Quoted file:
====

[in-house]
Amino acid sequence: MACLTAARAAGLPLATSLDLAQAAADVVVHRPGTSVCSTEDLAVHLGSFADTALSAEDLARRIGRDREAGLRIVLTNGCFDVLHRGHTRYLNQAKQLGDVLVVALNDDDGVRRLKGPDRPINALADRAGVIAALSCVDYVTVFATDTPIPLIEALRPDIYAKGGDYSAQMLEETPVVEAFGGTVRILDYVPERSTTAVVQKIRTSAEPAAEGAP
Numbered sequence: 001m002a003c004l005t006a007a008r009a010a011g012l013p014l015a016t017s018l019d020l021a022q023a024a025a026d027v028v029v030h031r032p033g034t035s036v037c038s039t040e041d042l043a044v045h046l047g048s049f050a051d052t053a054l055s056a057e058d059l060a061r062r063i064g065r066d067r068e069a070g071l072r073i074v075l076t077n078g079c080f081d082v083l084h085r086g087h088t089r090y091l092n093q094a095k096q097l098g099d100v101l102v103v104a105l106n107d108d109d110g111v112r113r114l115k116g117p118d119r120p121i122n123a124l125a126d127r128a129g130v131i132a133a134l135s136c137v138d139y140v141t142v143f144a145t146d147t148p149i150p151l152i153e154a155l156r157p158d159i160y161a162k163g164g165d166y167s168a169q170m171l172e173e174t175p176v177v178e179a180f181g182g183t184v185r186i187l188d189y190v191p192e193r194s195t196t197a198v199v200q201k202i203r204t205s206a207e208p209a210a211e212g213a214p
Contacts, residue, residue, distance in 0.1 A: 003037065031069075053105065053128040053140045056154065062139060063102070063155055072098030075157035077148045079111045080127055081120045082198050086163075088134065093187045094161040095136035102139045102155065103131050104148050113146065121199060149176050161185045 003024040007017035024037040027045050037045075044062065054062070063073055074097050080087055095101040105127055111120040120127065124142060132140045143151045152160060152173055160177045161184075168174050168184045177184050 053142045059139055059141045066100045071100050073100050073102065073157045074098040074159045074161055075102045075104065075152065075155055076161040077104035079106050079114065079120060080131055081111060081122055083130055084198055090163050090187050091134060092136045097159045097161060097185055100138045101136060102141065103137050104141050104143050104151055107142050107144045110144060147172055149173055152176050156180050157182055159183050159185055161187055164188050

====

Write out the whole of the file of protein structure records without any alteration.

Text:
[in-house]
Amino acid sequence: MACLTAARAAGLPLATSLDLAQAAADVVVHRPGTSVCSTEDLAVHLGSFADTALSAEDLARRIGRDREAGLRIVLTNGCFDVLHRGHTRYLNQAKQLGDVLVVALNDDDGVRRLKGPDRPINALADRAGVIAALSCVDYVTVFATDTPIPLIEALRPDIYAKGGDYSAQMLEETPVVEAFGGTVRILDYVPERSTTAVVQKIRTSAEPAAEGAP
Numbered sequence: 001m002a003c004l005t006a007a008r009a010a011g012l013p014l015a016t017s018l019d020l021a022q023a024a025a026d027v028v029v030h031r032p033g034t035s036v037c038s039t040e041d042l043a044v045h046l047g048s049f050a051d052t053a054l055s056a057e058d059l060a061r062r063i064g065r066d067r068e069a070g071l072r073i074v075l076t077n078g079c080f081d082v083l084h085r086g087h088t089r090y091l092n093q094a095k096q097l098g099d100v101l102v103v104a105l106n107d108d109d110g111v112r113r114l115k116g117p118d119r120p121i122n123a124l125a126d127r128a129g130v131i132a133a134l135s136c137v138d139y140v141t142v143f144a145t146d147t148p149i150p151l152i153e154a155l156r157p158d159i160y161a162k163g164g165d166y167s168a169q170m171l172e173e174t175p176v177v178e179a180f181g182g183t184v185r186i187l188d189y190v191p192e193r194s195t196t197a198v199v200q201k202i203r204t205s206a207e208p209a210a211e212g213a214p
Contacts, residue, residue, distance in 0.1 A: 003037065031069075053105065053128040053140045056154065062139060063102070063155055072098030075157035077148045079111045080127055081120045082198050086163075088134065093187045094161040095136035102139045102155065103131050104148050113146065121199060149176050161185045 003024040007017035024037040027045050037045075044062065054062070063073055074097050080087055095101040105127055111120040120127065124142060132140045143151045152160060152173055160177045161184075168174050168184045177184050 053142045059139055059141045066100045071100050073100050073102065073157045074098040074159045074161055075102045075104065075152065075155055076161040077104035079106050079114065079120060080131055081111060081122055083130055084198055090163050090187050091134060092136045097159045097161060097185055100138045101136060102141065103137050104141050104143050104151055107142050107144045110144060147172055149173055152176050156180050157182055159183050159185055161187055164188050